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OPINION | Being Digvijaya Singh: Love Him, Hate Him, But Congress Can’t Ignore 'Diggi Raja'

Digvijaya Singh, popularly known as Diggi Raja, was once seen as Rahul Gandhi's mentor when the Gandhi scion was the AICC general secretary, learning the ropes of political manoeuvers.

Venkatesh Kesari |

Updated:October 7, 2018, 1:04 PM IST
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OPINION | Being Digvijaya Singh: Love Him, Hate Him, But Congress Can’t Ignore 'Diggi Raja'
File photo of Congress leader Digvijaya Singh. (PTI)
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You can love him, or hate him. But you simply cannot ignore Digvijaya Singh. The Congress leader knows all too well that a politician survives on a regular dose of publicity — both good and bad. The challenge, thus, is to get at least a toe hold in the discourse. Other things in due course will fall in place.

Earning the wrath of BSP chief Mayawati, who singled him out for the break-up of alliance talks in Madhya Pradesh, the Thakur from Raghogarh again managed to wriggle a place for himself at the high table of already over-crowded MP Congress.

Singh, who successfully checked the BJP for 10 long years in Madhya Pradesh after the demolition of Babri Masjid at Ayodhya, has taken an electoral sanyas of a decade or more after a comprehensive defeat at the hands of Uma Bharti in 2003.

The mercurial Mayawati has now called Digvijaya Singh a "BJP agent", who, she alleges, is giving statements to vitiate alliance talks.

Though 71-year-old Singh has now been made head of the Coordination Committee for Madhya Pradesh by party chief Rahul Gandhi, there have been sings that he has fallen drastically from the grace of the high command in the last few years.

The Grand Old Party relied on him for its revival in 2012 Uttar Pradesh assembly elections, but it either grossly miscalculated or over-rated the ability of Arjun Singh’s protégé to resurrect a moribund Congress in the Hindi heartland.

Digvijaya Singh, popularly known as Diggi Raja, was once seen as Rahul Gandhi's mentor when the Gandhi scion was the AICC general secretary, learning the ropes of political manoeuvers.

Sonia Gandhi reposed full faith in him after the MP loss, and brought Digvijaya Singh to the Delhi Durbar. As AICC general secretary, he was soon handling key states like Uttar Pradesh, Bihar, Andhra Pradesh, Telangana, Karnataka and Assam.

He consciously stayed away from his home state for over 10 years, offering a free rope to his detractors within to challenge and dislodge the BJP in Madhya Pradesh. The Congress, on the other hand, lost three consecutive polls, giving the BJP a free run for 15 years in the state.

In Madhya Pradesh, he was once dubbed by his detractors as ‘Mr Bantadhaar’ and the BJP came back to power in 2003 with Bijli, Sadak and Pani). At the time, he had antagonised government employees with the calculation that the welfare programmes his government undertook for farmers and backward castes would ensure a third term for him. It was a gross miscalculation as the Congress not only lost power, but its tally of 36 was the lowest ever in a House of 230.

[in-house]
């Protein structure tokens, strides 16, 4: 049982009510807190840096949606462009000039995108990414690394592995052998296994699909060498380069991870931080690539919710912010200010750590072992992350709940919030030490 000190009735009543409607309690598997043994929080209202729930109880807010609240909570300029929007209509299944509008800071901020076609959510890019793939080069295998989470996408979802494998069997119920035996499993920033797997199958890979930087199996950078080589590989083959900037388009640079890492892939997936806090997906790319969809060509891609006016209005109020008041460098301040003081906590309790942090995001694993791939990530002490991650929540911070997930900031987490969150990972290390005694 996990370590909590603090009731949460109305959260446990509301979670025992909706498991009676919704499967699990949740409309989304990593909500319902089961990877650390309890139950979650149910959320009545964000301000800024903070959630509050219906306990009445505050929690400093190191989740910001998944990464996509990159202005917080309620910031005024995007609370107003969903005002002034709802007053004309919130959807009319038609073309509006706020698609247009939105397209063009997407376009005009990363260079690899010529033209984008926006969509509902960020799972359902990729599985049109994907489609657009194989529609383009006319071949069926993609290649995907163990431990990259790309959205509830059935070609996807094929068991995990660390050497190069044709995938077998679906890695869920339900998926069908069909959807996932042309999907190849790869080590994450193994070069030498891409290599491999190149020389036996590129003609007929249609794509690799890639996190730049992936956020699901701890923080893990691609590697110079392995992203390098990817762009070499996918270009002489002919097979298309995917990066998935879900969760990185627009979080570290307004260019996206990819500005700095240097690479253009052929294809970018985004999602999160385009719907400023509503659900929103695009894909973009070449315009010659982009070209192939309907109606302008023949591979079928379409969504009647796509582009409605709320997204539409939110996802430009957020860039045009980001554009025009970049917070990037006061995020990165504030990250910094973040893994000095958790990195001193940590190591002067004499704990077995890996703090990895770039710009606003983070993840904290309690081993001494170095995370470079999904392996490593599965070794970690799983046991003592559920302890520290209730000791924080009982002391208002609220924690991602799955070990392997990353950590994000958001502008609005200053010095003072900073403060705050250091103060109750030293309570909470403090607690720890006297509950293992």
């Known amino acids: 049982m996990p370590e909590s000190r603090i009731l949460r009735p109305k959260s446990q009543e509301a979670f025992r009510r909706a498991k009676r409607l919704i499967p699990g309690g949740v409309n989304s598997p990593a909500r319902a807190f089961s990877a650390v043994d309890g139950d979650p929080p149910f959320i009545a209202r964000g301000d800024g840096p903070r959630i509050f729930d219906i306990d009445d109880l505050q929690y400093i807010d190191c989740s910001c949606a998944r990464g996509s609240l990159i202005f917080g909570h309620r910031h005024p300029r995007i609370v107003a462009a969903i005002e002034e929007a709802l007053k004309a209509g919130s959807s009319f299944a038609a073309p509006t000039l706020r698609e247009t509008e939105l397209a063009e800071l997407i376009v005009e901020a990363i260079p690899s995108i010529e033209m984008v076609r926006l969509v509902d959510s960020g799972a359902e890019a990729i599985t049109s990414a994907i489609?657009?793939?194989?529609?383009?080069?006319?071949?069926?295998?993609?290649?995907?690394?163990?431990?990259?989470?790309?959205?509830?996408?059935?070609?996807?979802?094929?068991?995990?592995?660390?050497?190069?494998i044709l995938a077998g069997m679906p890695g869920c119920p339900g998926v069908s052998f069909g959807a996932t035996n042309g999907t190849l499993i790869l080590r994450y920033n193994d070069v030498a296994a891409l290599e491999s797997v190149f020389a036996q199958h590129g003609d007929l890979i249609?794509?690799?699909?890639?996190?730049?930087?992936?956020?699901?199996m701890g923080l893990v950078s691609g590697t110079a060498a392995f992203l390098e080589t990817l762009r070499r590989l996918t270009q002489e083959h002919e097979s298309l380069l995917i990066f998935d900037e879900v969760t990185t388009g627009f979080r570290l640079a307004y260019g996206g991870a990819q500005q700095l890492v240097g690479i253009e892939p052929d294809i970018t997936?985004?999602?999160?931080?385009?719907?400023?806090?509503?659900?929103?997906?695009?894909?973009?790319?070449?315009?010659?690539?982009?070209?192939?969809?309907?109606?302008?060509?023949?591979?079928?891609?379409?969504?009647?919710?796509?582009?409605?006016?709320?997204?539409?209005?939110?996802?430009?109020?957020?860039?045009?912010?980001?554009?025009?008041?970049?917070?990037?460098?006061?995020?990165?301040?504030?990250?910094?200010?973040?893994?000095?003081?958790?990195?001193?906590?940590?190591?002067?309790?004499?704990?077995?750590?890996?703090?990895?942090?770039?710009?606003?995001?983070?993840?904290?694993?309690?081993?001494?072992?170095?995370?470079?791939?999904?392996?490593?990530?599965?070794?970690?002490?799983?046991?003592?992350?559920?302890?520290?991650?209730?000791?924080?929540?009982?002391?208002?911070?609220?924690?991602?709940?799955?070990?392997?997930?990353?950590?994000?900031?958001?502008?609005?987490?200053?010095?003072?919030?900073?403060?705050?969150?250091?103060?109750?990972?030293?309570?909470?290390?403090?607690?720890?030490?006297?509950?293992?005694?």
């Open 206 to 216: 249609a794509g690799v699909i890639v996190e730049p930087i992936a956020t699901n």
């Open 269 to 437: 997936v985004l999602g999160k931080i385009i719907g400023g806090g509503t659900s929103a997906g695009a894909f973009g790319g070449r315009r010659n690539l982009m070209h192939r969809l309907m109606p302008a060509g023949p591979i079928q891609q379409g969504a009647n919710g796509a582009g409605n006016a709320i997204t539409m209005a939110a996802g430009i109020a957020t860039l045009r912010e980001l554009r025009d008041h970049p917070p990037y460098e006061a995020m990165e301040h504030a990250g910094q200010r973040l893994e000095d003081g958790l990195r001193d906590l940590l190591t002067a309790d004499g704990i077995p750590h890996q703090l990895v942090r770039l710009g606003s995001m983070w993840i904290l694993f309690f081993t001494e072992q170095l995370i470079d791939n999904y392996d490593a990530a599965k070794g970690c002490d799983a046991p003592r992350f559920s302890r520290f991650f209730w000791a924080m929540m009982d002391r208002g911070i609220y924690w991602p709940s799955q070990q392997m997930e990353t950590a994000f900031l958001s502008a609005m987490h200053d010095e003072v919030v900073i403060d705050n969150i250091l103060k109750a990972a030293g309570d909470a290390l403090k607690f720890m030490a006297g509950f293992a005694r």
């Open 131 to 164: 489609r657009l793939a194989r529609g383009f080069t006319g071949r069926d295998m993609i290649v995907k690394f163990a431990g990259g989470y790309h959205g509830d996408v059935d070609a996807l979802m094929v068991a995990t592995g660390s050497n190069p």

PV Narasimha Rao made him the chief minister in 1993 when his detractors within the Congress pressed for an OBC chief minister. And he remained loyal to Narasimha Rao, deserting his mentor Arjun Singh when the latter revolted against Rao and floated Congress (Tiwari) ahead of the 1996 Lok Sabha elections.

As general secretary in-charge of Andhra Pradesh, he could not get the credit of the Congress's electoral success in the Lok Sabha and the state assembly polls in Andhra Pradesh in 2004 because of the emergence of YS Rajasekhara Reddy as strong leader.

Nor did he get any credit for the party’s victory in other states under him – Assam and Karnataka. The local satraps like Tarun Gogoi and SM Krishna hogged the limelight.

In Delhi, almost following in the footsteps of Arjun Singh, Digvijaya Singh — a devout Hindu who observes fast for every 15 days on account of Ekadashi and visits Lord Vittahl’s shrine at Pandharpur in Maharashtra every year — carefully created his image as a secular leader who is pro-backward groups and minorities.

His stand on the Batla House encounter in the national capital proved controversial. Through a newspaper article, he had even criticised the then home minister P Chidambaram on handling of the Naxal issue. Nobody in the party and the Manmohan Singh government questioned him over the matter. Once, he even advised Rahul Gandhi at the Congress plenary at Burari in 2010 to build his own team in the party. In Congress circles, it was construed as an apparent readiness to become Rahul Gandhi’s ‘Manmohan Singh’.

As chief minister, he was influenced by the works of Anna Hazare, visited his Ralegan Siddhi in Maharashtra, built up relations with activists known for their Left leaning.

But Singh’s refusal to fight the 2014 Lok Sabha elections continues to remain a mystery.

In the last two years, Rahul Gandhi has not only dropped him from his team at the AICC after becoming the Congress president, but sent him back to Madhya Pradesh with a lesser role in election management. Currently, he is down but is he completely be out of reckoning?

(The author is a senior journalist. Views are personal.)

| Edited by: Nitya Thirumalai
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